Desmond Morris Syndrome: No selective advantage
November 30, 2012 | James Kohl
Study: Men prefer women who look like them November 29, 2012 in Psychology & Psychiatry
Excerpt: “Numerous studies have been carried out on the characteristics that make a woman physically attractive. Most of these studies have focused on traits linked to hormonal levels and fertility. The work reported by the Isem researchers is, on the contrary, based on characteristics that offer no particular selective advantage, such as eye color and lip thickness.”
My comment: The molecular mechanisms of mate choice in every other species involve nutrient chemical-dependent species-specific production of pheromones that signal reproductive fitness and genetic similarity or diversity via epigenetic effects of the pheromones on intracellular signaling and stochastic gene expression.
When mate preferences are correlated with the visual appeal of physical characteristics, the molecular biology of adaptive evolution in species from microbes to man is discounted to favor what has been called Desmond Morris Syndrome (DMS), where story-telling that incorporates evolutionary theory is better accepted than the basic principles of biology and levels of biological organization required to link sensory input to behavior in all species.
Do you have DMS? If you believe the story told in this representation of the published work, you probably do. Unfortunately, it can only be treated with education in scientific pursuits. Here’s a quick update on scientific pursuits.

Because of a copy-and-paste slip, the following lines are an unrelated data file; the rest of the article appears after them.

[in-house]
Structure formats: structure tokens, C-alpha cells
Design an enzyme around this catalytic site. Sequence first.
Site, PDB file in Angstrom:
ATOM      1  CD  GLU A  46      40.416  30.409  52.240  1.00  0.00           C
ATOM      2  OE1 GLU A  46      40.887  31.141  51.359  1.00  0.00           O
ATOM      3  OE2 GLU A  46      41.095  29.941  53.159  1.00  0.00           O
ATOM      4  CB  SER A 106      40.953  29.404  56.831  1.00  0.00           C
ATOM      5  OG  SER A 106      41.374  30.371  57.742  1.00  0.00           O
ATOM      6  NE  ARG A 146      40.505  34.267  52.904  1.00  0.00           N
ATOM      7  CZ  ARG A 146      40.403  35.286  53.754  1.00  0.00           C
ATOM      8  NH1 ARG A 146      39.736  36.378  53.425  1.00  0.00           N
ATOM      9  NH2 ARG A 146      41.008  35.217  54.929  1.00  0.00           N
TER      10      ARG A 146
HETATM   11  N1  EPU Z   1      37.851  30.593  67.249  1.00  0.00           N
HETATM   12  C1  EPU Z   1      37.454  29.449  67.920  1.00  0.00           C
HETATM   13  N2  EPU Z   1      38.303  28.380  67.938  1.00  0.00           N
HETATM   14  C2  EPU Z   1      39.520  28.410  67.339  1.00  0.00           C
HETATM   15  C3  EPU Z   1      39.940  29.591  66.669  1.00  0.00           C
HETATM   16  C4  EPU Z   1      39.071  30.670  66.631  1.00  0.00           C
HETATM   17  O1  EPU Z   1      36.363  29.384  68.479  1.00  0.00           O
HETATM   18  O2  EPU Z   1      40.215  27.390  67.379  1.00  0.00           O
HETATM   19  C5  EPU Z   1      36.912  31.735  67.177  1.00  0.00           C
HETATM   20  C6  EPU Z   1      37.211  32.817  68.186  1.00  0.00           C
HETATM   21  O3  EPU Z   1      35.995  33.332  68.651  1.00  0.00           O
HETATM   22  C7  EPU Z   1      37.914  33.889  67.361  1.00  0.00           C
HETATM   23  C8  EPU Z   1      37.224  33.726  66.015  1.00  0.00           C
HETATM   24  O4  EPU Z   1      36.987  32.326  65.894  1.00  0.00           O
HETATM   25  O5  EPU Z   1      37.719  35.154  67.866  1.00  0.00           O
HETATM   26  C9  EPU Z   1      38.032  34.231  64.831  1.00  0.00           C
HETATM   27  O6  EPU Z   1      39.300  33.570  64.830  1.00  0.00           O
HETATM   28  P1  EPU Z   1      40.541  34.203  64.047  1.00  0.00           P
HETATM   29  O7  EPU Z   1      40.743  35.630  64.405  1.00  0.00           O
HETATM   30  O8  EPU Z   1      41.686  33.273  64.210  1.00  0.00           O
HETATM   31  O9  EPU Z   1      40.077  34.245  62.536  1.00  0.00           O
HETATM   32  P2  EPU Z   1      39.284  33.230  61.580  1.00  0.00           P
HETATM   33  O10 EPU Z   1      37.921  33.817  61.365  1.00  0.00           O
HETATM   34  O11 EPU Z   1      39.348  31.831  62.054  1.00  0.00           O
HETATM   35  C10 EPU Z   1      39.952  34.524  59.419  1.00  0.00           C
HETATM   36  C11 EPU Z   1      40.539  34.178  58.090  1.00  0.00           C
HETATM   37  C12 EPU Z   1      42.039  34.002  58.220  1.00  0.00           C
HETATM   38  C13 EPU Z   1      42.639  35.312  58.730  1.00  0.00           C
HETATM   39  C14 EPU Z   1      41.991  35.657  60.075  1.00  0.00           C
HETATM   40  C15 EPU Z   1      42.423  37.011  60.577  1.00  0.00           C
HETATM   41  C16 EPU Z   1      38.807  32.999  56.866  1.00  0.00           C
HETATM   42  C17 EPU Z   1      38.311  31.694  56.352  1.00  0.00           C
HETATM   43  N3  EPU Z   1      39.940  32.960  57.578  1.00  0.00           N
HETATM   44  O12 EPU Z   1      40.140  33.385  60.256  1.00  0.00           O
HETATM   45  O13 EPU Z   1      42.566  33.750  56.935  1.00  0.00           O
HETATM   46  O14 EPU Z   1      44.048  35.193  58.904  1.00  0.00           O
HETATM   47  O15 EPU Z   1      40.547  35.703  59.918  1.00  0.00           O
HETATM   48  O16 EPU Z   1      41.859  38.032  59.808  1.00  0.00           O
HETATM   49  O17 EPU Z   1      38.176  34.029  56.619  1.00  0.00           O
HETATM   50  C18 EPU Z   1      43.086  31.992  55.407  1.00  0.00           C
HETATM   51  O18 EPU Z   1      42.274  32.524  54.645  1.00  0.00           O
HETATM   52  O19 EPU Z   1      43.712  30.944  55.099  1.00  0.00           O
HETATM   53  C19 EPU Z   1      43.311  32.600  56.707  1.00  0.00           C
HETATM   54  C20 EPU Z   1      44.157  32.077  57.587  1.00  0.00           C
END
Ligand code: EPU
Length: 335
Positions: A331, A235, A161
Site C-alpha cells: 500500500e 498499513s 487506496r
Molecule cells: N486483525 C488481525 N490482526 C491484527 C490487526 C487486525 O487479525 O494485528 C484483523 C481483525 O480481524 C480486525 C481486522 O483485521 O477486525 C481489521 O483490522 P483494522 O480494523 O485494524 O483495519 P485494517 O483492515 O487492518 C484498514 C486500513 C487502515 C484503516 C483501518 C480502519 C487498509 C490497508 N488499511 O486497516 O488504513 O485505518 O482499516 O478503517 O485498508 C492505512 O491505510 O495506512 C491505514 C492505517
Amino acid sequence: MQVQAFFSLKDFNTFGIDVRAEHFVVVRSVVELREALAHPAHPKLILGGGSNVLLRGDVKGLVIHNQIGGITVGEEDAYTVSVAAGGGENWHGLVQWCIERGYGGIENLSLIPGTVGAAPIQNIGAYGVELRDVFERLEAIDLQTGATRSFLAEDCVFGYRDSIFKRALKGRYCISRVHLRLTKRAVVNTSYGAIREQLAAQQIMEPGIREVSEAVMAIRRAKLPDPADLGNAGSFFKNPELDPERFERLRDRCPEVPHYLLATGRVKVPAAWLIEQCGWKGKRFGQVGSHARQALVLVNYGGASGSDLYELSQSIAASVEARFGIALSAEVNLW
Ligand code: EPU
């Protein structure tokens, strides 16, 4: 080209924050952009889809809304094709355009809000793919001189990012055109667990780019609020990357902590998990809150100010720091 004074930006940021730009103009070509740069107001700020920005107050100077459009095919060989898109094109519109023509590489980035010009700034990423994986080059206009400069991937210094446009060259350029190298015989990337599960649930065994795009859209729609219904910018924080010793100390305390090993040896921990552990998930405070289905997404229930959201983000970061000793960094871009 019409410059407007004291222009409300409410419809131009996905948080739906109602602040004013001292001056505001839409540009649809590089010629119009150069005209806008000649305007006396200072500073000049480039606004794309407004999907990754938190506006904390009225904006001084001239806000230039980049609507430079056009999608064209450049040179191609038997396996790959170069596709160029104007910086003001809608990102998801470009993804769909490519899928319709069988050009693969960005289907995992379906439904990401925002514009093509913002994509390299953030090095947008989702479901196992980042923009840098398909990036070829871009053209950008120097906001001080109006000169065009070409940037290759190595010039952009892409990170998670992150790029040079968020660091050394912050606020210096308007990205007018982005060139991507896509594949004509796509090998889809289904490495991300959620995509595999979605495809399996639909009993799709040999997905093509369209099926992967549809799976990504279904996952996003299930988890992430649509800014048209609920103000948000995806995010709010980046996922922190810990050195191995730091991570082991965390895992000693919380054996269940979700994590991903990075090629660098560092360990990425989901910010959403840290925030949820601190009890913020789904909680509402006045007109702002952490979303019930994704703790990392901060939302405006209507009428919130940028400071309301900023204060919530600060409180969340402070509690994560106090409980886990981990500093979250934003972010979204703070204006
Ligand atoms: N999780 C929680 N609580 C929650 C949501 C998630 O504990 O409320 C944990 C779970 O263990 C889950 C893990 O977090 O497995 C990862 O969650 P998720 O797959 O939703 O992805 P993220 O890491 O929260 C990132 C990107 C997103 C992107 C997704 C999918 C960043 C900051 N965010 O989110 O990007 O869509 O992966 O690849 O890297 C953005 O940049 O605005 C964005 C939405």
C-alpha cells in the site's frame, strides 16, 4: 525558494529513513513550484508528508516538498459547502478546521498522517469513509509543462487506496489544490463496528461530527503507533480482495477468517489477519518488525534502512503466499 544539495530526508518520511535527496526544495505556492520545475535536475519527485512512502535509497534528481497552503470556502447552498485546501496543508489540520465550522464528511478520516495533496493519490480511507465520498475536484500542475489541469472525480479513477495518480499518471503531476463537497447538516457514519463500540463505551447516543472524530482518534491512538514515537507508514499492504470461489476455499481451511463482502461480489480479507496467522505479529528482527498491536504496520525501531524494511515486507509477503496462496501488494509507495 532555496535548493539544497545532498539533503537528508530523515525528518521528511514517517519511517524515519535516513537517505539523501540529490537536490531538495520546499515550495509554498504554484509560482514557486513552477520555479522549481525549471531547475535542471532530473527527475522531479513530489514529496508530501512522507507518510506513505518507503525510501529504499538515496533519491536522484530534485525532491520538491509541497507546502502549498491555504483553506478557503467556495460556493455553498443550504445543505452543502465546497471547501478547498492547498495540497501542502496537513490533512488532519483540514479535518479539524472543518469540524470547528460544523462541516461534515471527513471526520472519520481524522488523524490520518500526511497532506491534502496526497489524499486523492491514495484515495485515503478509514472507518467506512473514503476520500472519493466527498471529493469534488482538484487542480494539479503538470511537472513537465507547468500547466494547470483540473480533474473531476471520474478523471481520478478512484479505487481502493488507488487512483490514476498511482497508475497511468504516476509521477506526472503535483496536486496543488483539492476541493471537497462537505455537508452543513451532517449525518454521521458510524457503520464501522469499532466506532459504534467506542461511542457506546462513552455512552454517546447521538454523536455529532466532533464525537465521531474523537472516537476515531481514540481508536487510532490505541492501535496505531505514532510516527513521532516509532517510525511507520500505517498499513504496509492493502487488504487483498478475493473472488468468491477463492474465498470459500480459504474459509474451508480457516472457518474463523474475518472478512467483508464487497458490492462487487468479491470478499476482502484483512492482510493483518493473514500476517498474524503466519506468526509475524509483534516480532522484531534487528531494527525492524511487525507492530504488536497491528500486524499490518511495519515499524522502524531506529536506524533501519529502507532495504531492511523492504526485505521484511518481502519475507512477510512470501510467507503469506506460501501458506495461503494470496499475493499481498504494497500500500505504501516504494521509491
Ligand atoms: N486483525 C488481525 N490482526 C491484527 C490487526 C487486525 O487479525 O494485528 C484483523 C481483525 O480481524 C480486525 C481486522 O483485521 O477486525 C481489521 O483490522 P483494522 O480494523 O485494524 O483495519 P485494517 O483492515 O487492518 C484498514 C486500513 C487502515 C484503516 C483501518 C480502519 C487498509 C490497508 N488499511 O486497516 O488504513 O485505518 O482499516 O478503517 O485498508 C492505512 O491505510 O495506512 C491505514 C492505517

In my model of how chemical ecology drives adaptive evolution, I stated clearly that olfaction and odor receptors provide a clear evolutionary trail that can be followed from unicellular organisms to insects to humans. In Current Biology, an In-Press article on November 21, 2012 details that fact in the mouse model. Nutrient chemical-dependent adaptive evolution of a two-step biosynthesis pathway caused de novo production of a sex-specific species-specific odor associated with a synchronous olfactory receptor-mediated behavioral response. The senior author of that paper had reported in 2006 on the receptor-mediated behavior with a 2004 Nobel Laureate who in 2005 reported effects of pheromones on behaviors that appear to involve GnRH neurons. Sans caveats about differences across species, the latest research report includes this statement in the abstract: “Synchronized changes in odor biosynthesis pathways and odor-evoked behaviors could ensure species-appropriate social interactions.” Nothing I’ve read in the past 16 years fails to support the model we first detailed in in our 1996 Hormones and Behavior paper: From fertilization to adult sexual behavior.